UN/Broken - Day 4

Myth #4 - One book, one pill, one prayer, will fix  everything

Several years ago, I was talking to a member of  my faith community who had been stuck in a  pattern of thinking for quite some time. Years  ago, she had hurt another person and was  struggling to forgive herself for what she had  done.
After years of beating yourself up, it’s hard to  start thinking differently. You likely need a  mental health professional to help you identify  your negative thinking patterns and replace  those with positive ones. However, this person  desperately wanted to keep meeting with me  until I said the “magic words” that would finally  click and fix everything. I tried to convince  them that’s not how it works, that there is work  they must do, work they need a guide to help  them with. But they wouldn’t listen and finally  stopped meeting with me altogether.
I get that feeling. When I was diagnosed, I  wanted the doctor to give me a pill that would  take my anxiety away, or seek a counselor who  could give me the right formula that would
reverse my negative thinking or the pastor who  could anoint me and say the right words that  would once again make me whole.

I learned, in my journey, and I believe with all my  heart, that most of our mental health concerns  must be addressed from every possible angle:  mentally, physically, emotionally, and spiritually. We call this wholistic care; in the Adventist faith  tradition, we have leaned into this whole heartedly (pun intended). We started hospitals,  in part, because we know that to have good  spiritual health, you need good physical health. We started schools, in part because we know  how important it is to help you develop  throughout all of life’s stages.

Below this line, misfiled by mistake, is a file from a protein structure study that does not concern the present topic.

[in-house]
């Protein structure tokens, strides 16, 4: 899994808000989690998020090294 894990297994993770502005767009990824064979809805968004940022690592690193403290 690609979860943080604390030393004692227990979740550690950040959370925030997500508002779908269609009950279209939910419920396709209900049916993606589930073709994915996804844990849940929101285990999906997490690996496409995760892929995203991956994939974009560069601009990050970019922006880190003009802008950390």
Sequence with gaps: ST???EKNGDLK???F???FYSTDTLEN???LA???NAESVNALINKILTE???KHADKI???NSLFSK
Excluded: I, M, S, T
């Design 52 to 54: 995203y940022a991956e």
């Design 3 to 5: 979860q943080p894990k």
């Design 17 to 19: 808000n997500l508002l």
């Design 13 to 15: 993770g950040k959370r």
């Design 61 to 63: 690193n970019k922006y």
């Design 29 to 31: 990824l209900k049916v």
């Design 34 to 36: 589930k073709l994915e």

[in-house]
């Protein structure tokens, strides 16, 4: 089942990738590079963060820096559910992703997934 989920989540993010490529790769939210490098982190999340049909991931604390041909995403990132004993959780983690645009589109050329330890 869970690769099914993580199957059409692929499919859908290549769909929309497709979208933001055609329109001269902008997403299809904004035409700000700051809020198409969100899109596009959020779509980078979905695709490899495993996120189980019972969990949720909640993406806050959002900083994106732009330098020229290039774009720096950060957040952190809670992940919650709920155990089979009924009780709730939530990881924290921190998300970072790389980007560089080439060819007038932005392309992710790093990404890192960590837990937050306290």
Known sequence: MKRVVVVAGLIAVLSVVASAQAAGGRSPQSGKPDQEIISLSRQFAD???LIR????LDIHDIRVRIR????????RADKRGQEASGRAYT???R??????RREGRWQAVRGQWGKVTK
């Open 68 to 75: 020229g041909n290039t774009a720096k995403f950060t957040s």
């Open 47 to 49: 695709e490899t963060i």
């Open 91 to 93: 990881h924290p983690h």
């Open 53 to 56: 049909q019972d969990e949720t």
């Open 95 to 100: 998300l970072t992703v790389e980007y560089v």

When Jesus came across the lame man at the  pool of Bethesda, who had been coming to that  pool for 38 years hoping for a magic pill kind of  healing, Jesus asked him a critical question. He  said, “Would you like to get well?”

At first read, it’s easy to say, “Well duh!  Absolutely! Why else do you think I’ve been  coming here for 38 years? However, what I  believe Jesus was getting at was that to seek  real, meaningful, transformative healing, there is  no quick fix. It takes work, commitment, and  often, it takes you fighting to do the thing that is  the exact opposite of the thing you want to do  (for example, when you’re anxiety is high, exercising can bring incredible natural benefits  but it’s the absolute last thing you want to do).  
But if you’re ready to heal and willing to do the  work, it may be one of the toughest and most  rewarding things you’ll ever do. It may well take  seeking a physician for your physical health, a  pastor for your spiritual health, a counselor for  your mental and emotional health, and a  support team to cheer you on when you want to  give up. But if you’re willing to do the work,  healing can come, keep up the good fight. You  are worth it!

  1. When working on a car, a problem at work,  or a challenge at home, was there ever a  scenario where it was just a straightforward problem that fixed the  issue? 
  2. Why do you think we desperately want the  one magic fix instead of a list of things to  do.
  3. How could we find accountability to help  us stay the course toward good mental  health?

By Pastor Paddy McCoy

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Bringing together the teaching team from Crosswalk Church (Paddy McCoy (PDX), David Ferguson (CHA), and Timothy Gillespie) to talk about the sermons and how the Holy Spirit is working to bring a message of unity between them as they teach and lead within the Crosswalk Global Network of Churches.

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